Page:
Divine simplicity is the idea that God is not composed of any metaphysical parts – He is one. This is based on the Shema – ‘hear, or Israel, the Lord our God is one.’ There are two main ways of thinking about this that have dominated: the Latin tradition and the Eastern tradition – Barth’s is different from both of these.
The Latin tradition holds that God is absolutely simple in His essence – His existence is His essence, which is His power, which is His goodness, etc. God is utterly one. While we may distinguish between God’s attributes, there is no real distinction in God Himself. God is one in His simplicity.
The Eastern tradition takes a different route. God’s essence is supremely unknowable – we know God through his energies, or workings in creation. The energy/essence distinction avoids simplicity because the energies are distinct from the essence, but don’t think of this as a kind of kantian mediator, or thing-in-the-middle; God’s energies are really God, so in knowing God’s energies (such as His grace, love, mercy), we really do know God. Nothing can be said about the essence, since it is the absolute ontological chasm between God and humanity
Barth takes a decidedly different approach, known as actualism. Instead of taking the Eastern way, which he regarded as a product of subjective apophatic mysticism (he was quite wrong about the apophatic tradition, but that’s for another time), and the Western way, which he saw as abstract metaphysics, he begins with God. God as He is. As He reveals Himself. Barth refuses any kind of speculation and begins his discussion by asserting that God is the Living god, to be known on His own terms.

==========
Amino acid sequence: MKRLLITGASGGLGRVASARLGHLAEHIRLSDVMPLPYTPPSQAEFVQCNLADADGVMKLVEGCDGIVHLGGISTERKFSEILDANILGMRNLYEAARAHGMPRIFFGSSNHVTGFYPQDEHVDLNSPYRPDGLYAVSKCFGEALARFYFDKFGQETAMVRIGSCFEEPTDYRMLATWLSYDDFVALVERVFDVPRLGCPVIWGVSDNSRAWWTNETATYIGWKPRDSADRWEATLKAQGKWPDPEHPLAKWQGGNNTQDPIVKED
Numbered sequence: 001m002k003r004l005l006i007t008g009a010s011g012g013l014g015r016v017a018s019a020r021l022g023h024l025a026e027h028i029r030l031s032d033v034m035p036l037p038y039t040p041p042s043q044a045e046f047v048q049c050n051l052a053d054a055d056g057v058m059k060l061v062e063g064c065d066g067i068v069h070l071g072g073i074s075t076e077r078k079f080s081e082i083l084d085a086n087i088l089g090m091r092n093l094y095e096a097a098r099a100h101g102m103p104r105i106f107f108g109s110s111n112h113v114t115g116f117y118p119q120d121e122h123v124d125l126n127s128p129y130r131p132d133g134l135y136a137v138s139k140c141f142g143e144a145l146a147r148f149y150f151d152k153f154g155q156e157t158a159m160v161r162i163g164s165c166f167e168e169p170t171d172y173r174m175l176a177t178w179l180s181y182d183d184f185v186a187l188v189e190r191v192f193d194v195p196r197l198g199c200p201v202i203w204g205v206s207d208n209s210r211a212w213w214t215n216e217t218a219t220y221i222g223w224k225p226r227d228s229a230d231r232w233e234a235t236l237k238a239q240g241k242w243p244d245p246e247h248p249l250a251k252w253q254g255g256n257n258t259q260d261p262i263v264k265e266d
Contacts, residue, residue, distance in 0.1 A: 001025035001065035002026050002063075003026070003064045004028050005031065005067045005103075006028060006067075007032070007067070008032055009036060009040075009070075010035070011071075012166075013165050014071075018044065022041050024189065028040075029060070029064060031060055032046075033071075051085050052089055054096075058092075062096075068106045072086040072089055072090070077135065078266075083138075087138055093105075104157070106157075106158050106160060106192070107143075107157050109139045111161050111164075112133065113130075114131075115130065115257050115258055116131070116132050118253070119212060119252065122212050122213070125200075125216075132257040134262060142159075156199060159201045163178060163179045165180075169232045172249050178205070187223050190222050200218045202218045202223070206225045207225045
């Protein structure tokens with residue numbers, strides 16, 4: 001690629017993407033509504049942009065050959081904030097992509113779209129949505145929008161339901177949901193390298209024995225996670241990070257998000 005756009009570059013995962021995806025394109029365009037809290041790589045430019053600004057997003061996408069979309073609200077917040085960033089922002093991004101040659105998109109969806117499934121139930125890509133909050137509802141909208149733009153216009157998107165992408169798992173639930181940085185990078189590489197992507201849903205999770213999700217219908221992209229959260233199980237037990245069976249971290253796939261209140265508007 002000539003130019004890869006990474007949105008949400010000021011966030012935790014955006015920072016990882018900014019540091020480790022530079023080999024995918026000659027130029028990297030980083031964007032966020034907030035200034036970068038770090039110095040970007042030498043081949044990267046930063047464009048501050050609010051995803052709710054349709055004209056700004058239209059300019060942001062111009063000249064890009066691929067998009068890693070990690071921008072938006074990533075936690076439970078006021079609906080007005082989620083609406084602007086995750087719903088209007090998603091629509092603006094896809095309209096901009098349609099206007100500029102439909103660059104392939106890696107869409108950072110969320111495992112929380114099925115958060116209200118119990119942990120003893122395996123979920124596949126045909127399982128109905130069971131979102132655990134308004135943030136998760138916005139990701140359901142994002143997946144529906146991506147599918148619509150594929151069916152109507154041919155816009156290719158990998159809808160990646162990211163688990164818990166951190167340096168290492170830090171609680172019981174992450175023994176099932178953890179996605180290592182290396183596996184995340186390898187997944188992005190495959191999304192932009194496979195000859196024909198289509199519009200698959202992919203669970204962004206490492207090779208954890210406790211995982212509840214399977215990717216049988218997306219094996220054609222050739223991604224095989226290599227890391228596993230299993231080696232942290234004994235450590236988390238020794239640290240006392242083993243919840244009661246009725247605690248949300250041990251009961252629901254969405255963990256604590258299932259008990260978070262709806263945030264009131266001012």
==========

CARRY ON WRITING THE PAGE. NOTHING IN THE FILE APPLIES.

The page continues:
For Barth, the issue isn’t so much of existence and essence (though he uses that language) so much as act and being. God’s being, who He is, is what He is in His works. God’s being is in His act. His act is revelation – His self-revealing. God is who He is in His act of revelation. So, instead of God’s existence being His essence, His being is His act, and His act is revelation. God’s being is revelation, ergo, God is revelation.
So, in a nutshell, Barth basically affirms the medieval and Latin tradition of existence being essence – he simply gets in a very different way. Whereas the Latins arrive by means of metaphysics (what Barth would call speculation) Barth arrives by means of the self-revealing of the Living God. This shouldn’t be new territory for those familiar with Barth – he was famous for his rejection of metaphysics, natural theology, and speculative metaphysics about God and the nature of God. Torrance would do a good job of mellowing out Barth’s thought and giving a place to natural theology and metaphyics.
These are more or less the two dominant positions, as well as Barth’s – questions, comments, criticisms welcome.